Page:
But this place would be transformed if we don't succeed in our mission to halt ideas for an LPG terminal here. This is [was] one of two possible sites suggested by China Light and Power.
Nor is the LPG  terminal the only environmental insult mooted for the Sokos - there are also ideas for a landfill (for waste disposal) just to the west.

Here's the beach just by the former refugee detention area; very tranquil, with a small temple the only building here (just hidden by trees here).

It's not just Dr Lazell and our team who figure the Soko Islands are ecologically significant; a Southwest Lantau and Soko Islands Marine Park was proposed in 2002; and in March that year, Thomas C Y Chan, Director of Agriculture, Fisheries and Conservation, noted in written response to govt finance committee, "We have already started the procurement process for the patrol launch and the speed boat. The two marine parks at southwest Lantau and Soko Islands are expected to be designated in late 2002 or early 2003."

Alas, this proposed marine park has not materialised. Instead, the threat of the LPG terminal hangs over the Soko Islands. {Happily, cancelled in Sept 2008]

During today's mission, we've found this small cluster of islands - Tai A Chau, Siu A Chau and a smattering of islets and rocks - is a wonderful place, which could indeed be the centre of a fine marine park, with potential for ecotourism.

Now, it's time to blast back across the waters south of Lantau.

Nick and I alight at Cheung Chau, and as the sun sets the Yellow Peril takes the team off for the next stage in the mission Richard has carefully planned: a meeting at the pub, to discuss what to do next. Would-be Sokos wreckers, take note, and tremble.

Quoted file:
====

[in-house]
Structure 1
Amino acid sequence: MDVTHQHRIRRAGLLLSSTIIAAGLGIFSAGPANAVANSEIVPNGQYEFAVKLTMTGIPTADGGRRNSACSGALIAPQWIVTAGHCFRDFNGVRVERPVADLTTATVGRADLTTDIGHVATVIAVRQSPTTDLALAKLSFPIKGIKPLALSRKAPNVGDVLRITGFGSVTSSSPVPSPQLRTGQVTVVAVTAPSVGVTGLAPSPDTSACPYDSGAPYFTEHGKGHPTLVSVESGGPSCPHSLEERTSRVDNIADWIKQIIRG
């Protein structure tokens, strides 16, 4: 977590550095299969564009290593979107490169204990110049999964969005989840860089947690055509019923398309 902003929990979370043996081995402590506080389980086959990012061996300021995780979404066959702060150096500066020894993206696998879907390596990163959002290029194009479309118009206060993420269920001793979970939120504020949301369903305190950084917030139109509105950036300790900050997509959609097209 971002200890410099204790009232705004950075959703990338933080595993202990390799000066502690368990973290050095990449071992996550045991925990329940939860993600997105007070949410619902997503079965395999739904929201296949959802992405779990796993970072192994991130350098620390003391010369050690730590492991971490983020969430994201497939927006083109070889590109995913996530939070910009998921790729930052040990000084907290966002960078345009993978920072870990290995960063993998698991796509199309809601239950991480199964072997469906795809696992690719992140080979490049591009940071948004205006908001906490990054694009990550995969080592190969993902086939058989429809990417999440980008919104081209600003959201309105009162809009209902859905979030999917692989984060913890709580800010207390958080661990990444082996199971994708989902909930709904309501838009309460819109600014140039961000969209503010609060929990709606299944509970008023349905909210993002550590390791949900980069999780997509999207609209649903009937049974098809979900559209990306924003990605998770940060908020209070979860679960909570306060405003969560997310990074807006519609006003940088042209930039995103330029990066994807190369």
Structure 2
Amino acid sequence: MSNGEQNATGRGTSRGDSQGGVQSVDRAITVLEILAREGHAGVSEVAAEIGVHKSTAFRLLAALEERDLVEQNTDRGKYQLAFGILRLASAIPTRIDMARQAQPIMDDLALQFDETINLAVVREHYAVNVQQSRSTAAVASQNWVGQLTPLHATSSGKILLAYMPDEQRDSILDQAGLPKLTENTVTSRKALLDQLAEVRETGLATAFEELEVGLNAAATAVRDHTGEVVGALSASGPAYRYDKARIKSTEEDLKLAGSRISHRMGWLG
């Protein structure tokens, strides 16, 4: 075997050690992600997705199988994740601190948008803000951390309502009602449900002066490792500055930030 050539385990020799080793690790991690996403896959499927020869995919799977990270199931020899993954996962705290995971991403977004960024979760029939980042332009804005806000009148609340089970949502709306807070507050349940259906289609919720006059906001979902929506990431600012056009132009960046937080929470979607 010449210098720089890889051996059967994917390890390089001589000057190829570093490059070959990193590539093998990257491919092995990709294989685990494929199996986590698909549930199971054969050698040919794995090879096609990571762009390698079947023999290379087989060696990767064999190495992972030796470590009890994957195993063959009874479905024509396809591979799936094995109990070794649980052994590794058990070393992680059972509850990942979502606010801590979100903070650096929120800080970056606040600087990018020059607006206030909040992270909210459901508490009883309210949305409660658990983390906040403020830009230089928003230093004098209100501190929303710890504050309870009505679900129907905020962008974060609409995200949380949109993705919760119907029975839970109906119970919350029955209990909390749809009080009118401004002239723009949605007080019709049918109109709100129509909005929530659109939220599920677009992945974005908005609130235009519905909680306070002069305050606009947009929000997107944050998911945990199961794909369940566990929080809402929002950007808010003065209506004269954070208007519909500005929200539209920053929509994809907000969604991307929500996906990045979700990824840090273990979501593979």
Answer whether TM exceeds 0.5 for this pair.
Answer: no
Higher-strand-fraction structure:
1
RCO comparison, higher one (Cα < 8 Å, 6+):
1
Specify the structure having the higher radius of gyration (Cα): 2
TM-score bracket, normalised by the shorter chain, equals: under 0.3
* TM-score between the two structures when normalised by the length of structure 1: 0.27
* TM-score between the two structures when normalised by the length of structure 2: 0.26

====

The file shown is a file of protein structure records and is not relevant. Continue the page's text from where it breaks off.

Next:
A Low Level Radioactive Waste Facility opened on Siu A Chau in June 2006.

DocMartin

Comments

Martin Williams's picture

Went to the Sokos today, with landing on Tai A Chau. Little changed; and seemed we were the only people on Tai A Chau (maybe there were fishermen on rocky coast, but it was like our own island for the time we were there).

tai a chau beach

Here's a view to a sheltered beach. Had a swim here. Not a fabulous beach; but Hey - it was a summer Sunday, and there was no one else there.

tai a chau pool

Pool still there; rather more overgrown. Looks to me like it could be a nice little nature reserve...

radioactive waste facility soko islands

Here's the low-level radioactive waste facility (not fully built during visit described above), at south of Siu A Chau.

Martin Williams's picture

neat film showing life on the islands in 1974:

http://www.dailymotion.com/video/x2p426b

Add new comment

CAPTCHA
This question is for testing whether you are a human visitor and to prevent automated spam submissions.
Places and Trails: